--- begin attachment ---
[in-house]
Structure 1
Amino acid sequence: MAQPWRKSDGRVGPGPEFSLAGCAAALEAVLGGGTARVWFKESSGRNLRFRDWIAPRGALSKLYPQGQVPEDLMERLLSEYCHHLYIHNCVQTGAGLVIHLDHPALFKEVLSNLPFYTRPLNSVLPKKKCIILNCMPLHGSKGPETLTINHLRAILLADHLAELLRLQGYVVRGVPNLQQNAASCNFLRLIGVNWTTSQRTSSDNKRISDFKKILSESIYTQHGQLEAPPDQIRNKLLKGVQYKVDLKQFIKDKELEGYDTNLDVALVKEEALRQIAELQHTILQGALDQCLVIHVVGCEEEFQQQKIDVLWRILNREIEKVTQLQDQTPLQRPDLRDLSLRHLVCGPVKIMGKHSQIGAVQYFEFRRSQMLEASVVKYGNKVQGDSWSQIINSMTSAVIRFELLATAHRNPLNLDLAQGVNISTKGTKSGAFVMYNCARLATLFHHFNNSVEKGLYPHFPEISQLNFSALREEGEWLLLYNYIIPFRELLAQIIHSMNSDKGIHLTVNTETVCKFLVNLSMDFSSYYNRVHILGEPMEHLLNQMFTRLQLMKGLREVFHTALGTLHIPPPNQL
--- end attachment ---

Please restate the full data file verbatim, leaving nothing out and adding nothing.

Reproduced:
[in-house]
Structure 1
Amino acid sequence: MAQPWRKSDGRVGPGPEFSLAGCAAALEAVLGGGTARVWFKESSGRNLRFRDWIAPRGALSKLYPQGQVPEDLMERLLSEYCHHLYIHNCVQTGAGLVIHLDHPALFKEVLSNLPFYTRPLNSVLPKKKCIILNCMPLHGSKGPETLTINHLRAILLADHLAELLRLQGYVVRGVPNLQQNAASCNFLRLIGVNWTTSQRTSSDNKRISDFKKILSESIYTQHGQLEAPPDQIRNKLLKGVQYKVDLKQFIKDKELEGYDTNLDVALVKEEALRQIAELQHTILQGALDQCLVIHVVGCEEEFQQQKIDVLWRILNREIEKVTQLQDQTPLQRPDLRDLSLRHLVCGPVKIMGKHSQIGAVQYFEFRRSQMLEASVVKYGNKVQGDSWSQIINSMTSAVIRFELLATAHRNPLNLDLAQGVNISTKGTKSGAFVMYNCARLATLFHHFNNSVEKGLYPHFPEISQLNFSALREEGEWLLLYNYIIPFRELLAQIIHSMNSDKGIHLTVNTETVCKFLVNLSMDFSSYYNRVHILGEPMEHLLNQMFTRLQLMKGLREVFHTALGTLHIPPPNQL